Extended periods in which the stock market rises without any large drops are called bull markets. Stock market bubbles can occur at the end of extended bull markets. A stock market decline of at least 20% from recent highs is considered a bear market. The best time to invest in the stock market is at the end of a bear market when investor sentiment is at its most pessimistic point. The best time to sell stocks is at the end of a bull market when investor sentiment is at its most optimistic point.

The stock market can be extremely volatile on a year-to-year or month-to-month basis, but its long-term performance has been remarkably strong and consistent over time. The S&P 500’s rolling 30-year average annual return has stayed between around 8% and 15% dating back to 1926. From 1926 to 1956, the S&P 500 averaged a 10.7% annual return. From 1956 to 1986, the average return was 9.6%. From 1986 to 2016, the average annual return was 10%. Not only are these stock market returns remarkably consistent, but they are also higher than the historical returns of other asset classes, such as gold, U.S. Treasury bonds and real estate.

Stock market returns have historically been consistent and strong over the long term, making stocks a great way for investors to accumulate and grow wealth for retirement or other long-term financial goals. The stock market can also help investors protect their wealth from the negative impact of taxes and inflation. The stock market can be a reliable source of income for investors if they own stocks that pay dividends or other special distributions. Finally, it is easy for the average person to begin investing in the stock market, and it doesn’t require much money to start.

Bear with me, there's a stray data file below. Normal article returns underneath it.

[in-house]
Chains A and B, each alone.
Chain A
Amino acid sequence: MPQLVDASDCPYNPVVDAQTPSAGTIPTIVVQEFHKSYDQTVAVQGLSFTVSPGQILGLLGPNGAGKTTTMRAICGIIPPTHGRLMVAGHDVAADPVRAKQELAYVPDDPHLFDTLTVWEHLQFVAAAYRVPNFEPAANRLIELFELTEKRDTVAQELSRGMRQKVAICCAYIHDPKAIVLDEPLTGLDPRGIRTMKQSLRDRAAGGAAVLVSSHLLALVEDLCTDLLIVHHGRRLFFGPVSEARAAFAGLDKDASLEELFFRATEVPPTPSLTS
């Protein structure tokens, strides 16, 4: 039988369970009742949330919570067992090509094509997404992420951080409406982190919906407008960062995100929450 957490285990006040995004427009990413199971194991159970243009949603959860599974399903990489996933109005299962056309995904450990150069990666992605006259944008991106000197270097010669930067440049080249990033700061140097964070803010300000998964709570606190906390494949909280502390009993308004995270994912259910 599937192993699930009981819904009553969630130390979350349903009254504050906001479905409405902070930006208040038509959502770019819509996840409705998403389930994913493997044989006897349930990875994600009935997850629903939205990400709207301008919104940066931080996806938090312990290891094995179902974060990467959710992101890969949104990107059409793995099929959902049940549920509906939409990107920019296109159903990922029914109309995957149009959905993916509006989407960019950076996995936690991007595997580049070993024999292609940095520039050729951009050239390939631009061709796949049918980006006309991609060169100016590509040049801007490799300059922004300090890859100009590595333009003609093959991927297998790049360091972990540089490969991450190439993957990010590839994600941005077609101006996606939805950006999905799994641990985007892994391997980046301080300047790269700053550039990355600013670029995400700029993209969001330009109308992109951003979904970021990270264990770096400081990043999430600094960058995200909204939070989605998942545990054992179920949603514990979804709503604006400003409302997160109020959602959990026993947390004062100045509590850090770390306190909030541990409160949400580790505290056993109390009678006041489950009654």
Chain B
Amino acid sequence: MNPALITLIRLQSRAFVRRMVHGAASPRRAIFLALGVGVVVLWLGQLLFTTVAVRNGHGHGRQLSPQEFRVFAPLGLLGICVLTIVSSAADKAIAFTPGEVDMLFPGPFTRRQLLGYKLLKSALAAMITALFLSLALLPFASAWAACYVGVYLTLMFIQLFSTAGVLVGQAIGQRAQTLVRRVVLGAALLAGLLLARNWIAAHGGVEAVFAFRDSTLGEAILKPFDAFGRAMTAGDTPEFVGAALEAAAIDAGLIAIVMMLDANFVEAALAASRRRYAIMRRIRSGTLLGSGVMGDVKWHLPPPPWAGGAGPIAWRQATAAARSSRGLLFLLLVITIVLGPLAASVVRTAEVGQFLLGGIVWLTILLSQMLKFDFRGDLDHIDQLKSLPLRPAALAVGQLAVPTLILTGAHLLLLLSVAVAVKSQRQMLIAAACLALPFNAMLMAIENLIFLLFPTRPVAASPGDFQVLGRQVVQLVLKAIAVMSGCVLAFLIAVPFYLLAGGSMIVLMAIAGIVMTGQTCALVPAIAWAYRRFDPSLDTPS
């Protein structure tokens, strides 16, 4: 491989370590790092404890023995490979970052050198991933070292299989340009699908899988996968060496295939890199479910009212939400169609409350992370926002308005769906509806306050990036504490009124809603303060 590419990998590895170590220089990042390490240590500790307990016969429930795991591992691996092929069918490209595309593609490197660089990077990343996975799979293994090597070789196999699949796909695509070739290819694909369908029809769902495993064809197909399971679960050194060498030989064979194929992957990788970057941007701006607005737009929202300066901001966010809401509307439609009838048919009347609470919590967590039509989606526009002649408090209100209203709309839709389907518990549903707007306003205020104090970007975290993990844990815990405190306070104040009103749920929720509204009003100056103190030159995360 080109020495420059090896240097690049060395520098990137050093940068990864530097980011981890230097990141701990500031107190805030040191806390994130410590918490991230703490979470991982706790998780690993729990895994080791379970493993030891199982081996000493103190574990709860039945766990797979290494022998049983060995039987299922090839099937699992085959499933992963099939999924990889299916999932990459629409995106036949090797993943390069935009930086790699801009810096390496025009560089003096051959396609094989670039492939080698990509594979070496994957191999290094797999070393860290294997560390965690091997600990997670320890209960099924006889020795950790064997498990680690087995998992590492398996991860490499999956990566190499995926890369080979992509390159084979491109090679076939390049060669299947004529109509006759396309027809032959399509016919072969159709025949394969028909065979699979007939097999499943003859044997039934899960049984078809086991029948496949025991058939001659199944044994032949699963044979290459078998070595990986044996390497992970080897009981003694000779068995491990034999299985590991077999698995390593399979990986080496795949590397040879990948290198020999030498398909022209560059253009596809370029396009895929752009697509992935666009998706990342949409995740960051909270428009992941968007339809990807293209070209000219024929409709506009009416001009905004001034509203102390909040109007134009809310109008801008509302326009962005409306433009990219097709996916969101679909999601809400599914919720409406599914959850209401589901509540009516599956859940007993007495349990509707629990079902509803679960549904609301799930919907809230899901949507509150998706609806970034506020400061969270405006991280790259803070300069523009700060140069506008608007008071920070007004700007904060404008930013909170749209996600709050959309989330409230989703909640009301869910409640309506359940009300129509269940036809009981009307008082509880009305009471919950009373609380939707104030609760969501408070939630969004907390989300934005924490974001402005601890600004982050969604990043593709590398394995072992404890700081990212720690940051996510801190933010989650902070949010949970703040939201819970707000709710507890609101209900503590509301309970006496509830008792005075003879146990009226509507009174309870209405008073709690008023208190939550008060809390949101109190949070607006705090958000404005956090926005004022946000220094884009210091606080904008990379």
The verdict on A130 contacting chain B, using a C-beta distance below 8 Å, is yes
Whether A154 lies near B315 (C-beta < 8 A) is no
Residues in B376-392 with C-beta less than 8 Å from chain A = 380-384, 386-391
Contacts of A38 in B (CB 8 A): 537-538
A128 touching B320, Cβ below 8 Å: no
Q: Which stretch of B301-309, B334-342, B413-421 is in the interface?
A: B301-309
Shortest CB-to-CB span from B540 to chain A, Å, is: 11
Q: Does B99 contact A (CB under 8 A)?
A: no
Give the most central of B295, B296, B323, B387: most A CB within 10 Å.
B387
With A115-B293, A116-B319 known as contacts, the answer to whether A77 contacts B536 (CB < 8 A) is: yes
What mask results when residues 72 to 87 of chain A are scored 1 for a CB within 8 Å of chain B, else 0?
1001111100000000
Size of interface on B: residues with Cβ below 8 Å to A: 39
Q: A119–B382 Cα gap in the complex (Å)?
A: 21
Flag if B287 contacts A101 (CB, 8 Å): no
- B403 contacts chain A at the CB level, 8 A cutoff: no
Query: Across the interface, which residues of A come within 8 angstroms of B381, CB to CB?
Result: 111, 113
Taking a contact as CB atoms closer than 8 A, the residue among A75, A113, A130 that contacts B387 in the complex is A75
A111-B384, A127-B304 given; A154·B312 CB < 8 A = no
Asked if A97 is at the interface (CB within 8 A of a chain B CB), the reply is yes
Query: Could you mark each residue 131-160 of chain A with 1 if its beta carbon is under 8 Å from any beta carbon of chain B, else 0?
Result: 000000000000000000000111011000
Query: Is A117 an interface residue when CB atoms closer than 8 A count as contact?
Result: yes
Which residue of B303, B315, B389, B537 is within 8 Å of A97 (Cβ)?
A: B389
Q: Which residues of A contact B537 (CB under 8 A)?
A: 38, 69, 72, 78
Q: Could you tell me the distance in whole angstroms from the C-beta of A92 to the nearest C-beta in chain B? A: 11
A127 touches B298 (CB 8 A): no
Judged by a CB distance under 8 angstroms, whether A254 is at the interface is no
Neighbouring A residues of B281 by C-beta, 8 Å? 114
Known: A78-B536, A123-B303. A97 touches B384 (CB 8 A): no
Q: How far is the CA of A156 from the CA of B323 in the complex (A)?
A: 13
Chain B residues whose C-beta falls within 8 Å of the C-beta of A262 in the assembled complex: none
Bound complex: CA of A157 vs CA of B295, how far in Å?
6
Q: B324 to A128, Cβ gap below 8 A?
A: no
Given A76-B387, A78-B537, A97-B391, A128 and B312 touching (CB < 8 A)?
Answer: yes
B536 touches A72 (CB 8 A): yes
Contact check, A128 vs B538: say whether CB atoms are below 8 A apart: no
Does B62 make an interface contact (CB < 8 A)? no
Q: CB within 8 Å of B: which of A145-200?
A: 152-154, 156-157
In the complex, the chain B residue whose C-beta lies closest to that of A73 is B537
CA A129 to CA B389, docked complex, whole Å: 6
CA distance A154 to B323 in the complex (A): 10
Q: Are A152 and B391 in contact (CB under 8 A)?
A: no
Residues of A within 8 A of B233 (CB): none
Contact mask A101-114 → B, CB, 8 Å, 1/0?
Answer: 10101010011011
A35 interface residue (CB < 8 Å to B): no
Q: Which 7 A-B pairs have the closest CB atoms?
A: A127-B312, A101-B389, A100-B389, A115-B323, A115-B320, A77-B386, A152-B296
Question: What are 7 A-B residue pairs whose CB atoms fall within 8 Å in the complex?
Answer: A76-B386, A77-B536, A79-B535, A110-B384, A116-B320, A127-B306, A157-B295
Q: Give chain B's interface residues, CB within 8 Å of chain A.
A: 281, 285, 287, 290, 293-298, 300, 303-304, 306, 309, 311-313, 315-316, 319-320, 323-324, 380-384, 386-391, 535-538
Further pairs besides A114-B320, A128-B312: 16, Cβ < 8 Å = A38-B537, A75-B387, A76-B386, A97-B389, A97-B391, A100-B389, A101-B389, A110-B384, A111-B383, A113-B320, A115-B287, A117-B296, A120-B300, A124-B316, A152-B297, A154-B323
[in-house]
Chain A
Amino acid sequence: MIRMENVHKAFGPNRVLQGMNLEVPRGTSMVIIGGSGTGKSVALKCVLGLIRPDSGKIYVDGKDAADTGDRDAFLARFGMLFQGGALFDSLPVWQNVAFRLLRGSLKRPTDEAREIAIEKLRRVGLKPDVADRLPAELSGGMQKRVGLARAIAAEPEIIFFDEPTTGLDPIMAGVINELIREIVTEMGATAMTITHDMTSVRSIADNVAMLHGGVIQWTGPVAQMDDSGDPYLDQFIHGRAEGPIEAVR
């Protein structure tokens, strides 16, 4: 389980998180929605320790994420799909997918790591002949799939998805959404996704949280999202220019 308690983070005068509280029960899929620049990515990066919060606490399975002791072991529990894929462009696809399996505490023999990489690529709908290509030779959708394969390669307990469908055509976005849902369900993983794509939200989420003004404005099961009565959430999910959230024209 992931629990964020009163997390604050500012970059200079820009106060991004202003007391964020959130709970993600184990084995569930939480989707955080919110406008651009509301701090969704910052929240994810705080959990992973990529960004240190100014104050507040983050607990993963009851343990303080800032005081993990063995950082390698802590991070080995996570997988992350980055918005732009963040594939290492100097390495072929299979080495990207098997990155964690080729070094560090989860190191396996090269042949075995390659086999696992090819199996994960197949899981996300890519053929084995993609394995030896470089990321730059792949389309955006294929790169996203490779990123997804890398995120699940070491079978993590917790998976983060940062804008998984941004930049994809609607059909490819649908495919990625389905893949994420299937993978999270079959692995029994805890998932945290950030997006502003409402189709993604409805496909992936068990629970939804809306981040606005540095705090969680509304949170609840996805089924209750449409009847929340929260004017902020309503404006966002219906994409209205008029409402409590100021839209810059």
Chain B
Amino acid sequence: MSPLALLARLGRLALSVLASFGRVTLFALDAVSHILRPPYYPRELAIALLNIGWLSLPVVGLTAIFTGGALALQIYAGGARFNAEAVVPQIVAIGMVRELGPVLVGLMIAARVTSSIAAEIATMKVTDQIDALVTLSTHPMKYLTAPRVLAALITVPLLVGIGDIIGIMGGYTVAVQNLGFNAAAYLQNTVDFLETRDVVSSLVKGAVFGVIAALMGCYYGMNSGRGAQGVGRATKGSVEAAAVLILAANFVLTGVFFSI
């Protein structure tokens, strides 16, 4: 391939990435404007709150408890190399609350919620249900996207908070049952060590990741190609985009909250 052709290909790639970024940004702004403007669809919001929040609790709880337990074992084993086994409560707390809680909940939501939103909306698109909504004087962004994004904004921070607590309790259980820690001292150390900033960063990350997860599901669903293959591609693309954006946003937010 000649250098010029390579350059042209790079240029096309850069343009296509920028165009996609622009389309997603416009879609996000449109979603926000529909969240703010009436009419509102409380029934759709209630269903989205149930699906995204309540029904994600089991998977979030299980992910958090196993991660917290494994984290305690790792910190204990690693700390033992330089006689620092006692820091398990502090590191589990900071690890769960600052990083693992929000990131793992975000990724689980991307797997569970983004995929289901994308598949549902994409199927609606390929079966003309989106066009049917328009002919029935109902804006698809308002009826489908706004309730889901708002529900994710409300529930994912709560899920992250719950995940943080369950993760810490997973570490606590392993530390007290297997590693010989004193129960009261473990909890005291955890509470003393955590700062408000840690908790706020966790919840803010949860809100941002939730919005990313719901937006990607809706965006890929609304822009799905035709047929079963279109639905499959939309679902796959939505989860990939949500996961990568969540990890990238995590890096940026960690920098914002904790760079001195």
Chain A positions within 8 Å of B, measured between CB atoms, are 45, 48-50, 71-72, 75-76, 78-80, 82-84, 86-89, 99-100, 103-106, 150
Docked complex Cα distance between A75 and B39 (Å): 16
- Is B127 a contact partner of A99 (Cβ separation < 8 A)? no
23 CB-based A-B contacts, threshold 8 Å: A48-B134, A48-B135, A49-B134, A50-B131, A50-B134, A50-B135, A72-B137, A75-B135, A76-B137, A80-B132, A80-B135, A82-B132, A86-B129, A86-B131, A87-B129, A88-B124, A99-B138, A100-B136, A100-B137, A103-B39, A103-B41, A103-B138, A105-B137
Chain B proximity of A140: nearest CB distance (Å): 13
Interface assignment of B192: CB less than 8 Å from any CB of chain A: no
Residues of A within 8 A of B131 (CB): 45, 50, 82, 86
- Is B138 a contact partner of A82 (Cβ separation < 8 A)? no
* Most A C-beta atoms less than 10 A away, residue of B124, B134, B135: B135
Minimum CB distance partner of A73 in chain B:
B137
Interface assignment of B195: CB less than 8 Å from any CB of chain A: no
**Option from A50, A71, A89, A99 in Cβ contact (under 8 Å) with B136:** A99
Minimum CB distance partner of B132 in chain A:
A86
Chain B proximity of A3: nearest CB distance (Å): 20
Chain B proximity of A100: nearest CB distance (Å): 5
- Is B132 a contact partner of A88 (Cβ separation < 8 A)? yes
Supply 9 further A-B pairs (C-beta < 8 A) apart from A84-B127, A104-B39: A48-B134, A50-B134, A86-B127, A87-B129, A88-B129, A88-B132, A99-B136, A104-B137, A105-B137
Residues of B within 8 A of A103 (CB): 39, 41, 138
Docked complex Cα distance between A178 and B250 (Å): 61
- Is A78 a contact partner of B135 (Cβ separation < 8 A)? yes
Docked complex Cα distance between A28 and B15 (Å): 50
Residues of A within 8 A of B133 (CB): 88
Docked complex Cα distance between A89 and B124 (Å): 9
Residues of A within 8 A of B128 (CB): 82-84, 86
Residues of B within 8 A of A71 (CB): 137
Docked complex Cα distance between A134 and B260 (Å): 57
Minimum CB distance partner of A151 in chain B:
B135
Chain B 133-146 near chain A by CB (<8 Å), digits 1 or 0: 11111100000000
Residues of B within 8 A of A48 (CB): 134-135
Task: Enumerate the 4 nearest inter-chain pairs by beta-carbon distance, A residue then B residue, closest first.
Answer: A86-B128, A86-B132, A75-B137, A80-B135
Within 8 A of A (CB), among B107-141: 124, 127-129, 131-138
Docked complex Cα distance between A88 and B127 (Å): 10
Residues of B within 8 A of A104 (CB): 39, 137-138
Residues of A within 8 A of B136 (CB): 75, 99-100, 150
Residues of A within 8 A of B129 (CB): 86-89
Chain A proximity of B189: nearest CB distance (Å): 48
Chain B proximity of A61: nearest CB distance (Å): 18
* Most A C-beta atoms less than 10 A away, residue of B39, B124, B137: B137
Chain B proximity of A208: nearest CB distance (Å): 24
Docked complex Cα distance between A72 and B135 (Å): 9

While diversification provides investors with a degree of safety, individual companies regularly become insolvent and go bankrupt. That process often leads to the stock’s share price dropping to zero. Unfortunately, common stockholders are typically last on the priority list when a bankrupt company liquidates its assets to pay off its debts and investors. Investing in the stock market can be an emotional experience, especially during bear markets or market crashes. Finally, the stock market can experience extreme price fluctuations in the short and medium term, making it relatively risky for investors approaching retirement age or those who may need to liquidate their holdings on short notice.

The first modern stock exchange was created in Amsterdam in 1611, and investors could initially only buy and sell shares of the Dutch East India Company. The first U.S. stock market was the Philadelphia Stock Exchange, which was founded in 1790. The New York Stock and Exchange Board, the precursor to the NYSE, was formally constituted in 1817. In 1971, the National Association of Securities Dealers Automated Quotations, otherwise known as Nasdaq, was launched. The Nasdaq was groundbreaking because it allowed investors to buy and sell stocks digitally on a network of computers rather than in person on a trading floor.


Yes, profits generated from stock market investments are taxed in the U.S. as capital gains, and tax rates vary depending on factors such as your income level and how long you hold the stocks before selling.

No. The major U.S. markets have normal trading hours on weekdays from 9:30 a.m. to 4 p.m. EST and extended trading hours on weekdays from as early as 4 a.m. EST to as late as 8 p.m. EST.

A stock market sector is one of 11 categories that investors use to classify stocks of companies that operate in similar industries and share common economic characteristics. Examples include the financial sector, energy sector and health care sector.






Leave a Reply

Your email address will not be published. Required fields are marked *